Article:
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EXCL Brexit Party voters feel shut out by Westminster system, new poll warns

3 min read

The majority of Brexit Party voters feel powerless to shape political decision-making in Britain, stark new polling has found.

A fresh survey carried out for the Electoral Reform Society - shared with PoliticsHome - shows that 85% of those backing Nigel Farage's new party believe they have few or no opportunities "to inform and influence the decisions made by MPs at Westminster".

Meanwhile three-quarters (75%) of those supporting the hard Brexit outfit say that their views are either "not at all represented" or "not very represented" in Parliament.

The polling forms part of a major new study by campaigners from the ERS, which is calling for a string of changes at Westminster in a bid to restore faith in Britain's political system.

According to the campaign group's research, few voters from across the parties believe the current set up at Westminster encourages cooperation - despite an apparently strong appetite for politicians to work together amid Britain's Brexit deadlock.

More than two-thirds (64%) of the 1,541 voters surveyed said the UK's political system should either "strongly" or "somewhat" encourage parties to work together.

But just 19% said the system as it stands encourages that, with the survey revealing a sharp divide between Brexit Party voters and those who back Labour and the Conservatives on whether politicians should be willing to compromise to solve national problems.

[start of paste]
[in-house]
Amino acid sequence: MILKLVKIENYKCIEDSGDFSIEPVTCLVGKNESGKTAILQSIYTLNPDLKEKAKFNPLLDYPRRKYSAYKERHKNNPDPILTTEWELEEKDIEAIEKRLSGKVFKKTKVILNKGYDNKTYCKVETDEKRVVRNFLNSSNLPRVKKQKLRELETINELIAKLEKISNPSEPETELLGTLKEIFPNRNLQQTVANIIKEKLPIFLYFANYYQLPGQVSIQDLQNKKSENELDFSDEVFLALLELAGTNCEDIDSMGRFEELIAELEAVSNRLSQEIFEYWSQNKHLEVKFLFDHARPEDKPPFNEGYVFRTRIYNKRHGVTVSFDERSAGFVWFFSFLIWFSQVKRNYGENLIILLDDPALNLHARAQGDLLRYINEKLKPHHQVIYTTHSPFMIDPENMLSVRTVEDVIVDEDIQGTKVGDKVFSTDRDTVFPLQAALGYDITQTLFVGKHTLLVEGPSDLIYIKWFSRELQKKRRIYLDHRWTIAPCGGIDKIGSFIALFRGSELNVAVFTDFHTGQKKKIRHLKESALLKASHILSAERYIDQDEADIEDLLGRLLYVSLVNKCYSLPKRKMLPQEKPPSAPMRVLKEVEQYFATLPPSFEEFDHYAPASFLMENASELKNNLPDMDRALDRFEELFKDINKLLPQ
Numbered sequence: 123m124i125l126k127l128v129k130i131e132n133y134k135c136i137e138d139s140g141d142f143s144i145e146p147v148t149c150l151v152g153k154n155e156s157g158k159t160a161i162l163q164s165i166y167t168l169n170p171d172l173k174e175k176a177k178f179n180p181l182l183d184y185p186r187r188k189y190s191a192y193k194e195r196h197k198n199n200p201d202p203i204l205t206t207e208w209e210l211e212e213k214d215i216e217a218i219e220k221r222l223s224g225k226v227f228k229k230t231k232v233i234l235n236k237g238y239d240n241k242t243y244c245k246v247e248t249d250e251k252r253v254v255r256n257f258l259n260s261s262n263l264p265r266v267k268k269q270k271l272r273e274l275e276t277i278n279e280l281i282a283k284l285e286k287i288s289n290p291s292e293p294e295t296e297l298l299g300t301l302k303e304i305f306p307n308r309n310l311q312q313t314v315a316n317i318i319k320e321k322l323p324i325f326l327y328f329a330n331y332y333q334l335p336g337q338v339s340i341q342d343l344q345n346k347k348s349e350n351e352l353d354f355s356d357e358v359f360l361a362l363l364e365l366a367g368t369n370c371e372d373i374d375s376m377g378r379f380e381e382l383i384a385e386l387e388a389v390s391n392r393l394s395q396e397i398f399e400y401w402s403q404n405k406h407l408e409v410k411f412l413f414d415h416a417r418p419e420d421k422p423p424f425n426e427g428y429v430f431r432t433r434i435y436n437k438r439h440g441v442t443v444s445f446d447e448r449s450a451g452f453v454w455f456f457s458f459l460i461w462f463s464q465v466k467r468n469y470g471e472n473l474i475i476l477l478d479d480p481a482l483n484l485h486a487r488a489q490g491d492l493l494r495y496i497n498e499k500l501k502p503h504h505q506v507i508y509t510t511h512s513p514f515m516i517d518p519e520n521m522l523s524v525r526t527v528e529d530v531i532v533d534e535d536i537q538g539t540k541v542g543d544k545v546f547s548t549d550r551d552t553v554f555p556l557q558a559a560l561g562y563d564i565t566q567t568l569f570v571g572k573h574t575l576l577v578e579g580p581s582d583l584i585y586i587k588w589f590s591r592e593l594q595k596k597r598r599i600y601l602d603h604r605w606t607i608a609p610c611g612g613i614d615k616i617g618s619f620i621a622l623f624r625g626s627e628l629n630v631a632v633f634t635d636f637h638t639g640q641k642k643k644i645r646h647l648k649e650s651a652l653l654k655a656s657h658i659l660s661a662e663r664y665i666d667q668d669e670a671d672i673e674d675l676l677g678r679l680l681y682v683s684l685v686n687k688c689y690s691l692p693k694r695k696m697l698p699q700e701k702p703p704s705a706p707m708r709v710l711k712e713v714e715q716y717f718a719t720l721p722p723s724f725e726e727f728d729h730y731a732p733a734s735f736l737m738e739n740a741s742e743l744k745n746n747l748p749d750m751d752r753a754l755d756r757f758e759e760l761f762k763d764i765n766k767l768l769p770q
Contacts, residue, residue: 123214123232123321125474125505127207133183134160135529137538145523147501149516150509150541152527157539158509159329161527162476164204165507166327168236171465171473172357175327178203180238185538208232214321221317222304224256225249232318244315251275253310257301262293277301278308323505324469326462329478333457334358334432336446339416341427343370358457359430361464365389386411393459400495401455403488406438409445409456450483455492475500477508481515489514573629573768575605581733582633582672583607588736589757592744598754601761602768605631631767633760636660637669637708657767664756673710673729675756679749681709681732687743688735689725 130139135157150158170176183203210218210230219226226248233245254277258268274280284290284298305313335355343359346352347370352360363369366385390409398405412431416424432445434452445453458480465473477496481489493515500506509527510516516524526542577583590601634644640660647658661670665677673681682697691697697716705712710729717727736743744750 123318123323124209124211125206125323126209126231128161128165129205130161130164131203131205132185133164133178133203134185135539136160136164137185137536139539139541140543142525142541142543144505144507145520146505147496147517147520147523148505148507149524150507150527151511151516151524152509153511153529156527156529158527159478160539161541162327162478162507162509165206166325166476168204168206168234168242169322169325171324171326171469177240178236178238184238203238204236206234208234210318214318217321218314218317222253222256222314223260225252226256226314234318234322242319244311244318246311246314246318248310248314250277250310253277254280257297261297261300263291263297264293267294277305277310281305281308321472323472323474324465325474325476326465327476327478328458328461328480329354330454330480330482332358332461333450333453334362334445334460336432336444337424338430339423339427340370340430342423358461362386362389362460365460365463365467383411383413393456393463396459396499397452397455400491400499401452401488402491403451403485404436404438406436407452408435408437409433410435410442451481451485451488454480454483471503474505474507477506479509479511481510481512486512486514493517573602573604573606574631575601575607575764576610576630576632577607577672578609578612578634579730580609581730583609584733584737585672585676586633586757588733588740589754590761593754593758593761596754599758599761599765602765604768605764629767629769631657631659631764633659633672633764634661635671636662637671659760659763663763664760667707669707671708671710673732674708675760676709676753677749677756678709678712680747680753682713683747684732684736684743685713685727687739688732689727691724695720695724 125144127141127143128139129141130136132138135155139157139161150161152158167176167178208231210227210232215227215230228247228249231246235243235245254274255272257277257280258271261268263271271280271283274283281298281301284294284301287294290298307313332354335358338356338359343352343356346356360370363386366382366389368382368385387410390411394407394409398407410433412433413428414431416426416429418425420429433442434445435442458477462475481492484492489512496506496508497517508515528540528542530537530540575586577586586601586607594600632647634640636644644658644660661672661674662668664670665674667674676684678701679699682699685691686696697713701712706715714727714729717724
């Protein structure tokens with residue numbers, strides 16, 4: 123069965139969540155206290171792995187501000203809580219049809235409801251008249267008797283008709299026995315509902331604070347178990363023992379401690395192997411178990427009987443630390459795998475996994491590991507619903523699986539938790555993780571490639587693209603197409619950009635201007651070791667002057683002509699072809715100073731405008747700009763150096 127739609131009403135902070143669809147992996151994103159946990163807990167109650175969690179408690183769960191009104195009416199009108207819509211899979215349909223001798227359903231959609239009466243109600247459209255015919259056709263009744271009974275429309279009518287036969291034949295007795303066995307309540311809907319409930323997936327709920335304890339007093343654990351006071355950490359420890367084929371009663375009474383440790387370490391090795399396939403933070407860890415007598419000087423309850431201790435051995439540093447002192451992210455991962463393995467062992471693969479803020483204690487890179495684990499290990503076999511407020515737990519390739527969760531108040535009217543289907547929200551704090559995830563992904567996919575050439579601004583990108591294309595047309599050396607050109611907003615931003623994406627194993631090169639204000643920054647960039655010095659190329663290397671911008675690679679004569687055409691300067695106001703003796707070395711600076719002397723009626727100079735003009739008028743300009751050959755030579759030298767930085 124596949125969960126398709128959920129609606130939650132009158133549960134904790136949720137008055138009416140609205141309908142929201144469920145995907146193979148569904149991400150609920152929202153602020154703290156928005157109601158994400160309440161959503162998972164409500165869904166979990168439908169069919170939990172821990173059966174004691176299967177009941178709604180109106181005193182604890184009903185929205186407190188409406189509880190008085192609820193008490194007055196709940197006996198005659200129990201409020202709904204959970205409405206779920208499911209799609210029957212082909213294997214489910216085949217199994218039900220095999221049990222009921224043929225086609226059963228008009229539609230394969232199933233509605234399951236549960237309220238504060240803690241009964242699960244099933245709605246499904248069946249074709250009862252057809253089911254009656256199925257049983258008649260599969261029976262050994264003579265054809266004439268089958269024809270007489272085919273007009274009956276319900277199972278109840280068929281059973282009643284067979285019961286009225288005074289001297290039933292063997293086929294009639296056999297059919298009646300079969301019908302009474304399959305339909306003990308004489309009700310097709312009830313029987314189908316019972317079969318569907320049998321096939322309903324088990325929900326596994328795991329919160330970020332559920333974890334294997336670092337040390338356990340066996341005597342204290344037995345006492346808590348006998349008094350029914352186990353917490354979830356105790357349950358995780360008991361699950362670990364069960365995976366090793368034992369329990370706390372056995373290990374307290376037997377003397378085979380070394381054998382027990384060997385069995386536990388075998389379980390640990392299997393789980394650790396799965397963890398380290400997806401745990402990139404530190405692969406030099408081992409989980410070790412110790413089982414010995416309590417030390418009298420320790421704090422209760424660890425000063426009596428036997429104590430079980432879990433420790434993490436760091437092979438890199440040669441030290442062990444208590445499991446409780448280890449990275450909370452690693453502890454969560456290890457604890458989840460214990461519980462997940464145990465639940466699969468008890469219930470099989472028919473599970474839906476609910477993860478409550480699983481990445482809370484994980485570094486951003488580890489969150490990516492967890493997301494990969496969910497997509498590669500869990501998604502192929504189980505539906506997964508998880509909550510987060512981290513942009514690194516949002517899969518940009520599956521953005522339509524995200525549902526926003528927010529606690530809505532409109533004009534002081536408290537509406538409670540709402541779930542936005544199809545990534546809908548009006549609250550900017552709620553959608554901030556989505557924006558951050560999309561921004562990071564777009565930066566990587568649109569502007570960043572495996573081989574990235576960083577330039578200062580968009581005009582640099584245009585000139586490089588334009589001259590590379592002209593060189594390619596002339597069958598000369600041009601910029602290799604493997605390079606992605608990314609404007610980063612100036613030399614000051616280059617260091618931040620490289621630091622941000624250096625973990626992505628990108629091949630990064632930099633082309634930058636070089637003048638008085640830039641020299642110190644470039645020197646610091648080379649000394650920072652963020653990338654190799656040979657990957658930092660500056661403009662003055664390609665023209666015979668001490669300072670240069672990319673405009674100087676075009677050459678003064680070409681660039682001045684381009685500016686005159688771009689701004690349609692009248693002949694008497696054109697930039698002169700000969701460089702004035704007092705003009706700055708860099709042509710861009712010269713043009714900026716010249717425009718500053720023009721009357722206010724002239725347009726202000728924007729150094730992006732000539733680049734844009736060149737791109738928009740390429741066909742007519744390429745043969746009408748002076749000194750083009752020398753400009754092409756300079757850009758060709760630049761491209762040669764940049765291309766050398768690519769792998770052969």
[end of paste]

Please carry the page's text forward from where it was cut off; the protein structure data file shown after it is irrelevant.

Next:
Data shared with PoliticsHome shows that more than half (55%) of Tory voters and 48% of Labour voters believe MPs from across the political divide "should try to work together to find a solution to problems, even if this requires parties to break promises made at the previous election".

But just 26% of Brexit Party voters agreed - with 62% instead saying parties should "never break promises made at the previous election", even if meant cross-party solutions to problems "are not found".

Seizing on the findings, Labour MP Stephen Kinnock told PoliticsHome: “The Leave slogan ‘take back control’ was about more than Brexit.

"It illustrated a feeling of disconnect between people and power, and a sense that people no longer feel in control of their own lives."

He added: “It is time to reunite our deeply divided country. Democratic reform must be an integral part of this mission."


In a bid to address the problem, the Electoral Reform Society is demanding that a UK-wide "constitutional convention" be set up by the next Prime Minister to try thrash out plans for a greater devolution of power across the country.

And it is calling for a much more "systematic" use of local "citizens' assemblies" to give the public a stronger say in "complex and contested issues", as well as urging ministers to revisit the "unfinished business" of reforming the House of Lords.

Electoral Reform Society chief executive Darren Hughes said: “The need for an overhaul of the centralised, adversarial politics we witness in Westminster is becoming more urgent by the day.

"There are real dangers in failing to reform Westminster’s struggling system - with more and more people feeling left on the sidelines."

He added: "It is a travesty that the European elections last Thursday were the first time many people felt their voice was heard and their vote was counted... It is time to turn that energy into something positive: an agenda for genuinely empowering voters and dealing with the dire democratic deficit we have in this country.”

Lib Dem constitutional affairs spokesperson Lord Tyler meanwhile told PoliticsHome: "With so many usually loyal Conservative and Labour supporters trapped in their parties by the now totally obsolete electoral system it is no wonder so many break out when they get the chance. That’s the big lesson of last week’s vote."

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